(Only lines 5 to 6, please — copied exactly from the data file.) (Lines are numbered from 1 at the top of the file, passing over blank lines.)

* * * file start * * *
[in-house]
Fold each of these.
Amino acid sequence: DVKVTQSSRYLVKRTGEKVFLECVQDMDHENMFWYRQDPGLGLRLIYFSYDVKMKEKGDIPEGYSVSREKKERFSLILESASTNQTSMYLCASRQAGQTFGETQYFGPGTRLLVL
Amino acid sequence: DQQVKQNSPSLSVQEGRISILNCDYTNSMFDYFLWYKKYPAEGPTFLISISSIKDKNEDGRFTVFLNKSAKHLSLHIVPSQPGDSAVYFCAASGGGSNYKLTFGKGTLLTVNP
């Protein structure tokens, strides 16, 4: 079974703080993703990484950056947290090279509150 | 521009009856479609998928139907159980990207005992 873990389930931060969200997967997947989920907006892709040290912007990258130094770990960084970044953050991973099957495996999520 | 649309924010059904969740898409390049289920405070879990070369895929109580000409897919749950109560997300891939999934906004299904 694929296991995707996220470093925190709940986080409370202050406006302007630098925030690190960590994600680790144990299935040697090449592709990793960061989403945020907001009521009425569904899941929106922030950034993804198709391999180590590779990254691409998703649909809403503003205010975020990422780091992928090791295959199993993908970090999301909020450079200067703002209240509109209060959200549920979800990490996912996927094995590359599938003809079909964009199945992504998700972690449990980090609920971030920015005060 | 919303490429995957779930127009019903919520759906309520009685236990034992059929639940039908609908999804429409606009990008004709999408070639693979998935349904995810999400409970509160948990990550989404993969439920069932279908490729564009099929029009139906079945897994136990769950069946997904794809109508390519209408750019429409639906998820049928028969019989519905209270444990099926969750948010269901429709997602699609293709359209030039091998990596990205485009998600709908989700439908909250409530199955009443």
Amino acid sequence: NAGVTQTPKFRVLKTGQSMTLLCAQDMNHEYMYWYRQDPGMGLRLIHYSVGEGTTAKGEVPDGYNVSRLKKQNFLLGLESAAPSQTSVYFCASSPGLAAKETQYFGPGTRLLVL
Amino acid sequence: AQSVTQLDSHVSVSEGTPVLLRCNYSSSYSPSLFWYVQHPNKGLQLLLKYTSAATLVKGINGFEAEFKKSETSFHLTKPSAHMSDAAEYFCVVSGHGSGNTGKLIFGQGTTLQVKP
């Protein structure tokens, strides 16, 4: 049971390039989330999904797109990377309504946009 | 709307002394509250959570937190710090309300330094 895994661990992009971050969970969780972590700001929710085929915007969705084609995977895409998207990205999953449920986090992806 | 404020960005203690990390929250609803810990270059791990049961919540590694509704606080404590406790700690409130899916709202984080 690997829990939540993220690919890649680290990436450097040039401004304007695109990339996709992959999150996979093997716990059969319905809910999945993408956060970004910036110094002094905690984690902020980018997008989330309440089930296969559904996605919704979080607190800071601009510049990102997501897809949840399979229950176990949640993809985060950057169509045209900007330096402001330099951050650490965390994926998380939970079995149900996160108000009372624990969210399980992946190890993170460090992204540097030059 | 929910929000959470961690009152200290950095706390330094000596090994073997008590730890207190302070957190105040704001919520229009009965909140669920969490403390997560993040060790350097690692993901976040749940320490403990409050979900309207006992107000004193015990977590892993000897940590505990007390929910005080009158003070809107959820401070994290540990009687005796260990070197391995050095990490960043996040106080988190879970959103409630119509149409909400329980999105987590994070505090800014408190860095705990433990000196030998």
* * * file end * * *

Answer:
């Protein structure tokens, strides 16, 4: 079974703080993703990484950056947290090279509150 | 521009009856479609998928139907159980990207005992 873990389930931060969200997967997947989920907006892709040290912007990258130094770990960084970044953050991973099957495996999520 | 649309924010059904969740898409390049289920405070879990070369895929109580000409897919749950109560997300891939999934906004299904 694929296991995707996220470093925190709940986080409370202050406006302007630098925030690190960590994600680790144990299935040697090449592709990793960061989403945020907001009521009425569904899941929106922030950034993804198709391999180590590779990254691409998703649909809403503003205010975020990422780091992928090791295959199993993908970090999301909020450079200067703002209240509109209060959200549920979800990490996912996927094995590359599938003809079909964009199945992504998700972690449990980090609920971030920015005060 | 919303490429995957779930127009019903919520759906309520009685236990034992059929639940039908609908999804429409606009990008004709999408070639693979998935349904995810999400409970509160948990990550989404993969439920069932279908490729564009099929029009139906079945897994136990769950069946997904794809109508390519209408750019429409639906998820049928028969019989519905209270444990099926969750948010269901429709997602699609293709359209030039091998990596990205485009998600709908989700439908909250409530199955009443």
Amino acid sequence: NAGVTQTPKFRVLKTGQSMTLLCAQDMNHEYMYWYRQDPGMGLRLIHYSVGEGTTAKGEVPDGYNVSRLKKQNFLLGLESAAPSQTSVYFCASSPGLAAKETQYFGPGTRLLVL